James (Jay) Seaman sculpts in metal and wood. Sometimes his subjects are human figures or various animals, but very often they are big, bright, stylized birds. He’s been making art for about 20 years, since graduating from Assumption College in Worcester, Massachusetts, where he earned a degree in psychology.
Jay is also a craftsman: “I do carpentry, finish carpentry and cabinet-making. I also do stonework and masonry, he said. “I go back and forth between the art and carpentry because I can’t earn a living just carving birds.” These skills inform his art and vice versa, but art is his real love. If he has to put a piece on hold to, say, build a house, it can be frustrating.
Jay’s bird sculptures are his own invention. He develops his techniques by talking with other artists, doing research and by trial and error. The birds typically have a wooden body and metal legs. “The steel legs give the birds the strength they need to stand up. I couldn’t pull it off if their legs were made of wood,” he explained.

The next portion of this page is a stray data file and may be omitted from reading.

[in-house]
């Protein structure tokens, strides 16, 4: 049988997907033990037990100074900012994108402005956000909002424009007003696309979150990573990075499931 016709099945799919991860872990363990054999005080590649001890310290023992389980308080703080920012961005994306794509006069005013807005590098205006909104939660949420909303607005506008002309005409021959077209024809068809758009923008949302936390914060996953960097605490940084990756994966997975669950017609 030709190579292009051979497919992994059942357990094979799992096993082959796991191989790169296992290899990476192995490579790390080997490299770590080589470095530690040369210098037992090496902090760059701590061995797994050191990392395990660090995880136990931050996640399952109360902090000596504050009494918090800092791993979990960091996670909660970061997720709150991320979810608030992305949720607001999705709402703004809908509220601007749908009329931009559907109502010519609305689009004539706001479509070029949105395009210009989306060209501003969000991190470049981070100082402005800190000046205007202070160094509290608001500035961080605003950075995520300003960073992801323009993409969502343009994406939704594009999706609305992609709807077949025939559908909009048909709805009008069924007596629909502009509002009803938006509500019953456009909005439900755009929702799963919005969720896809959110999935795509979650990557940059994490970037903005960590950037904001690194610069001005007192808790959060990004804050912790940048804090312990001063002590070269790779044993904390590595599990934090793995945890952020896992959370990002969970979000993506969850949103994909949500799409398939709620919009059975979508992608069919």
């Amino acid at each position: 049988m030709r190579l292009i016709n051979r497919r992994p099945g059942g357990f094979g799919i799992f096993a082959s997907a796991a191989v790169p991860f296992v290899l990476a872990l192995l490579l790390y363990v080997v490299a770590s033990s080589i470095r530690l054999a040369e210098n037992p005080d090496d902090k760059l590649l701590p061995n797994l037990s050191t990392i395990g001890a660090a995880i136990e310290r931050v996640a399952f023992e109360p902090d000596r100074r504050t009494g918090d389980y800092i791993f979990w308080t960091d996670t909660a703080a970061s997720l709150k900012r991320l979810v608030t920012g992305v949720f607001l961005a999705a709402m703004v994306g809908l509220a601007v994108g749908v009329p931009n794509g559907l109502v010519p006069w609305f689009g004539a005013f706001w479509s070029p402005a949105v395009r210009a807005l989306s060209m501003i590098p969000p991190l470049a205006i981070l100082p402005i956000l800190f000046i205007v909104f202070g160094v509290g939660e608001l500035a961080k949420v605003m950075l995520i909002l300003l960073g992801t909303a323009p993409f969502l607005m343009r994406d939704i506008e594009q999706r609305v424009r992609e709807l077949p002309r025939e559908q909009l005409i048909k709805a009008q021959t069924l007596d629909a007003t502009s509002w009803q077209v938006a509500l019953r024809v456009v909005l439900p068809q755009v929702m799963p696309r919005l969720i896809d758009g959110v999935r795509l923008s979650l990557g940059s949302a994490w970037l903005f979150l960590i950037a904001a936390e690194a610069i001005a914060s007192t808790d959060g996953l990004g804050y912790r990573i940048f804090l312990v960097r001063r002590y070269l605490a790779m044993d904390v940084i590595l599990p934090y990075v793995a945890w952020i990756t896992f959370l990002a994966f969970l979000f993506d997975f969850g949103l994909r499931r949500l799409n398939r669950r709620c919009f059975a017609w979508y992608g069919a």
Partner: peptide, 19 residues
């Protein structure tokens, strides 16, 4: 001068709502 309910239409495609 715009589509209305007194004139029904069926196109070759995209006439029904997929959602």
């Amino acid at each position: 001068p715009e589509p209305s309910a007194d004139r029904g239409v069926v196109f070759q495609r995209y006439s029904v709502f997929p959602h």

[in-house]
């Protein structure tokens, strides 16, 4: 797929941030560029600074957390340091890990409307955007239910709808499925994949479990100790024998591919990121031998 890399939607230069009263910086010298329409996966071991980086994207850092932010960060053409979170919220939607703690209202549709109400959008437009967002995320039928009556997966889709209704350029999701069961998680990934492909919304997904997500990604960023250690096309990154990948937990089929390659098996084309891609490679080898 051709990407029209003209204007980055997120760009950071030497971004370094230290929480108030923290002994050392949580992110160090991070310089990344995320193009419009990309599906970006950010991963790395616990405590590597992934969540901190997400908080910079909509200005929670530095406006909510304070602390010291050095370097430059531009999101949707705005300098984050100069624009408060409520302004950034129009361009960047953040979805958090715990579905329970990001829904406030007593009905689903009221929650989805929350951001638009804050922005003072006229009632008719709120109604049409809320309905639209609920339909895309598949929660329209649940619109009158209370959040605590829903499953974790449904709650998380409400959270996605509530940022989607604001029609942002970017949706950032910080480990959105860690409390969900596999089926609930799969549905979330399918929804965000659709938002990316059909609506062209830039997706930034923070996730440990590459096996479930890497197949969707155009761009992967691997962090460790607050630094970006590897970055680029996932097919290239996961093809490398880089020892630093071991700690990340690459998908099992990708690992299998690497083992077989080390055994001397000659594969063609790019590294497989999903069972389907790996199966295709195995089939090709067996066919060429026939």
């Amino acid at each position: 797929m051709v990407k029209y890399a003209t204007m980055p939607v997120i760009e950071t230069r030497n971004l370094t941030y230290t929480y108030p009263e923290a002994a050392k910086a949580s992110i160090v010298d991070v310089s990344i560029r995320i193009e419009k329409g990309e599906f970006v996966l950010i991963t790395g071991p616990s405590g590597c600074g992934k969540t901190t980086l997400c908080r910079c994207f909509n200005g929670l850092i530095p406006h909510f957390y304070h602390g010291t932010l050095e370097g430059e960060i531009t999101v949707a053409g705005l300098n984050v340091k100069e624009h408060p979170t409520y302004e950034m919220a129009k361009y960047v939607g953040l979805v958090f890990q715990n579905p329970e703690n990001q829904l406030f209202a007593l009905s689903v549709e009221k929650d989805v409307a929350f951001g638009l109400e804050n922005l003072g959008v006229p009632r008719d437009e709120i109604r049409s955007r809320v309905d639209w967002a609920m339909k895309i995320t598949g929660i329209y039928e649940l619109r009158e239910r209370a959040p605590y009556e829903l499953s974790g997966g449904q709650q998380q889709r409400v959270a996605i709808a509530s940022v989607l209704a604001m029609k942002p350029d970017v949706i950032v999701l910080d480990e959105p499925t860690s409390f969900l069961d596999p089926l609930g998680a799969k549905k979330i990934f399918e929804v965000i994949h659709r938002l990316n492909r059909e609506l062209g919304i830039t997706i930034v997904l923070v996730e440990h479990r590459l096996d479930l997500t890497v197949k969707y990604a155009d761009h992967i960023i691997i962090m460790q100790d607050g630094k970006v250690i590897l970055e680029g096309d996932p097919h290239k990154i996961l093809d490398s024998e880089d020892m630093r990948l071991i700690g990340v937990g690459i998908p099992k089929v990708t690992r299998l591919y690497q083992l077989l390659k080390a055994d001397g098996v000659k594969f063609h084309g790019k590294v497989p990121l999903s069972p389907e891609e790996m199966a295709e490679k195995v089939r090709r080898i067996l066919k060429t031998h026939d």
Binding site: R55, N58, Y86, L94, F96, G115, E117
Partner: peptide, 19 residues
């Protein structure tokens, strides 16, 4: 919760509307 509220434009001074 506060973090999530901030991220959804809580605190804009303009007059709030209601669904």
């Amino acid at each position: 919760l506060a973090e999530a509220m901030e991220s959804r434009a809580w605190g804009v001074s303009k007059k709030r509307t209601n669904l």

Though he plays with exaggerated forms and doesn’t aim for strict realism, Jay gets a lot of ideas from nature: “With all of the creeks and gorges, a lot of nice birds live around here, like the green-backed heron. I secretly think a heron flying over my studio brings luck.”
Jay lives with Kelly, his wife, and Leah, their daughter in Trumansburg, not far from where he grew up. The family recently moved into a new house they built next to Jay’s studio.
“It was a challenge when we were living in the village and my studio was out here because I was constantly running back and forth between the studio and home.
“Now, I can walk out the door, and there it is. What I had to accept is the fact that art is my true passion, and that’s really what I want to be doing,” he said. “I mean, I can be lying in bed, and I’m just reeling. There’s just so much that I want to do.”
His hard work and drive has gotten him noticed, too. A flamingo Jay sculpted is on display at the Audubon House in Key West, Florida.
To see one of Jay’s sculptures, head over to Cobblestone Farm Winery in Romulus. Visible to drivers on Route 89 is a giant eagle made of copper with a steel skeleton. Several other wineries also show his pieces. Tasting rooms tend to be large enough to accommodate his works, and showing in wineries benefits both parties: It brings his art to the attention of many people who might otherwise be unaware of it, and it provides the wineries with something special for tasters to look at.
Several local galleries have Jay’s works on display as well. His pieces can be found in Michael Ringer’s St. Lawrence Gallery in Clayton, the Pat Rini Rohrer Gallery in Canandaigua and Sundrees in Trumansburg. To contact the artist, call 607-351-8190 or e-mail him at firstname.lastname@example.org.
by Anya Harris